In Athena of S.C., LLC v. Macri, No. E2016-00224-COA-R3-CV (Tenn. Ct. App. Oct. 14, 2016), the Court of Appeals affirmed the dismissal of a Tennessee legal malpractice claim on the basis that the claim was barred by the one-year statute of limitations.
In the underlying matter, plaintiffs had purchased promissory notes from an individual and a business, and defendant attorney represented the sellers of the notes during the transaction. Thereafter, plaintiffs hired the same attorney to help them collect on the notes they purchased. Defendant attorney drafted two complaints and two agreed judgments against the debtors on the notes, which were entered in circuit court in November 2011. During the same time period, the debtor on the notes was involved in litigation in federal court, where his former business partner had sued him.
In May 2012, plaintiffs published a notice of foreclosure for condominiums that secured the notes, but the former business partner filed a motion in federal court to enjoin the sale. Finding that the transfer of the notes was likely fraudulent, the district court entered an order in May 2012 enjoining the sale. In July 2012, plaintiffs published a notice of foreclosure for lots that secured the note, and the same scenario played out, with the federal court enjoining the sale in August 2012.
On January 6, 2014, the sellers of the notes settled a claim with the district court receiver, and plaintiffs alleged that an affidavit filed in conjunction with that settlement “admitted that the sale of the [notes] to [plaintiffs] was fraudulent.”
On January 6, 2015, plaintiffs filed suit against several parties, including the defendant attorney who represented the note sellers in the transfer and later represented plaintiffs in their attempts to collect on the notes. The trial court granted defendant attorney’s motion to dismiss based on the statute of limitations, and the Court of Appeals affirmed.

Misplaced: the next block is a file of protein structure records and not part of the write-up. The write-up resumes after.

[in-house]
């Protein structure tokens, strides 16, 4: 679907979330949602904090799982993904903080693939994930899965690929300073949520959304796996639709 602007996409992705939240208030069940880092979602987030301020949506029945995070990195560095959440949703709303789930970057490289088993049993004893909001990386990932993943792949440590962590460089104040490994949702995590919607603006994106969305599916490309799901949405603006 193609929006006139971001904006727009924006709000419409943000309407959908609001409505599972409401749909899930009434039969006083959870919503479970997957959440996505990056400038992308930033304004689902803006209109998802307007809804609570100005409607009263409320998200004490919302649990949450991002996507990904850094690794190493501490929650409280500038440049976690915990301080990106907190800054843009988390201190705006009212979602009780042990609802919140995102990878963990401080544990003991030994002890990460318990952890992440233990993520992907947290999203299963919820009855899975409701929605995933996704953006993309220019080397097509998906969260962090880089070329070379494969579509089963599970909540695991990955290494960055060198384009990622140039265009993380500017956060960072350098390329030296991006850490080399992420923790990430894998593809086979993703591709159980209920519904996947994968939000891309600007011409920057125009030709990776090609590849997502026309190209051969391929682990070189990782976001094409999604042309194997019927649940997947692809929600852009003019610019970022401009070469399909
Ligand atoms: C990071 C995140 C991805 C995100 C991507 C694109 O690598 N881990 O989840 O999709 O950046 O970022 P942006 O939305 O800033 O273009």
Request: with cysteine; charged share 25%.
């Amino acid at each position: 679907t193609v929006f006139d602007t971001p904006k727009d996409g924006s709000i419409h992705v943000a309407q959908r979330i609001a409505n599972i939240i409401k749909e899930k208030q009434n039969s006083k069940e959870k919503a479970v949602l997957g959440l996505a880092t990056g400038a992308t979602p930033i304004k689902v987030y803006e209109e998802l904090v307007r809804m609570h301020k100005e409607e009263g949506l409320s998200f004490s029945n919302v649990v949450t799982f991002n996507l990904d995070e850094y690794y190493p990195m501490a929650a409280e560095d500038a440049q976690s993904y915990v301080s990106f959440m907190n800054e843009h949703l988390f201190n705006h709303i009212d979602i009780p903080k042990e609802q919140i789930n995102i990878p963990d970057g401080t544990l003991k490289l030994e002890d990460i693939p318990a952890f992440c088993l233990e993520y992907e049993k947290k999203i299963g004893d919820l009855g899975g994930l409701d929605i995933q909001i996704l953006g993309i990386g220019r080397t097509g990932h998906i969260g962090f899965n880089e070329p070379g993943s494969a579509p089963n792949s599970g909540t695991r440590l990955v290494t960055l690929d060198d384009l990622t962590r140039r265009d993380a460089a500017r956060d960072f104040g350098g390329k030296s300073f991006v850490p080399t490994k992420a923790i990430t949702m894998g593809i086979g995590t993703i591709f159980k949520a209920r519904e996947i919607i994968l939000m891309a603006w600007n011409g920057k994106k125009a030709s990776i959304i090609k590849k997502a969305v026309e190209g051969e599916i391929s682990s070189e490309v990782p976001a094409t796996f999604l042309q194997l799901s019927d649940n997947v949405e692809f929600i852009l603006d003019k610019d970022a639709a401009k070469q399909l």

Legal malpractice claims are subject to a one-year statute of limitations. § 28-3-104(c)(1). “The accrual of a legal malpractice action is determined by applying the discovery rule[,]”, which is “concerned with two components: an actual injury and knowledge.” (internal citations omitted). In order for the clock to begin ticking, injuries do not have to become “irremediable,” and “plaintiffs may not delay filing suit until all of the injurious effects of the alleged wrong are actually known to them.” (internal citations omitted).
Plaintiffs’ complaint alleged two injuries—one related to the issuance of the injunctions and the damages the injunctions caused, and one based on the allegation that the affidavit filed in January 2014 by one of the sellers of the notes “rendered the Agreed Judgments prepared by [attorney] as worthless….” As to the injunction related damages, the Court quickly found that any claim based on the injunctions was time-barred, as the injunctions were issued in May and August of 2012 and plaintiffs’ complaint was not filed until January 2015, more than two years later.
With regard to the injuries plaintiffs alleged to have been caused by the affidavit, which they asserted in a reply brief that defendant attorney directed the note seller to file, the Court noted that the alleged injury was actually the inability to enforce the agreed judgments. The Court reasoned that if plaintiff was arguing that an affidavit insinuating that the transfer was fraudulent caused the judgments to be worthless, “then the federal district court’s orders would have had an identical or similar effect. …Because, as Plaintiffs themselves note, the agreed judgments were based on this sale, findings that the sale was likely fraudulent would certainly call the agreed judgments into question, make it more difficult to enforce them, and thus lower their value.” Ultimately, the Court held:
[Seller’s] affidavit may have provided a stronger indication that Plaintiffs had suffered an injury regarding the agreed judgments, It may also have increased the magnitude of Plaintiffs’ injury or given them notice of additional injurious effects of the negligence they have alleged in the complaint. However, Plaintiffs cannot delay filing suit until all the injurious effects of the alleged wrong are actually known to them. …Information about the fraudulent nature of the…transaction was available to Plaintiffs in May and August 2012. If the disclosure of such information caused the agreed judgments to become worthless, then Plaintiffs knew or should have known of this injury in August 2012 at the latest.
The Court accordingly affirmed dismissal of the case against defendant attorney.
As we have seen many times before, plaintiffs often face dismissal of their legal malpractice claims on statute of limitations grounds. The claims are often found to have been filed too late, as plaintiff waited too long to pursue the action or was found to have waited until “all injurious effects” were known. When a plaintiff believes he has a meritorious action against an attorney for malpractice, he must be diligent in strictly adhering to the one-year limitations period for filing a complaint to have a chance at success.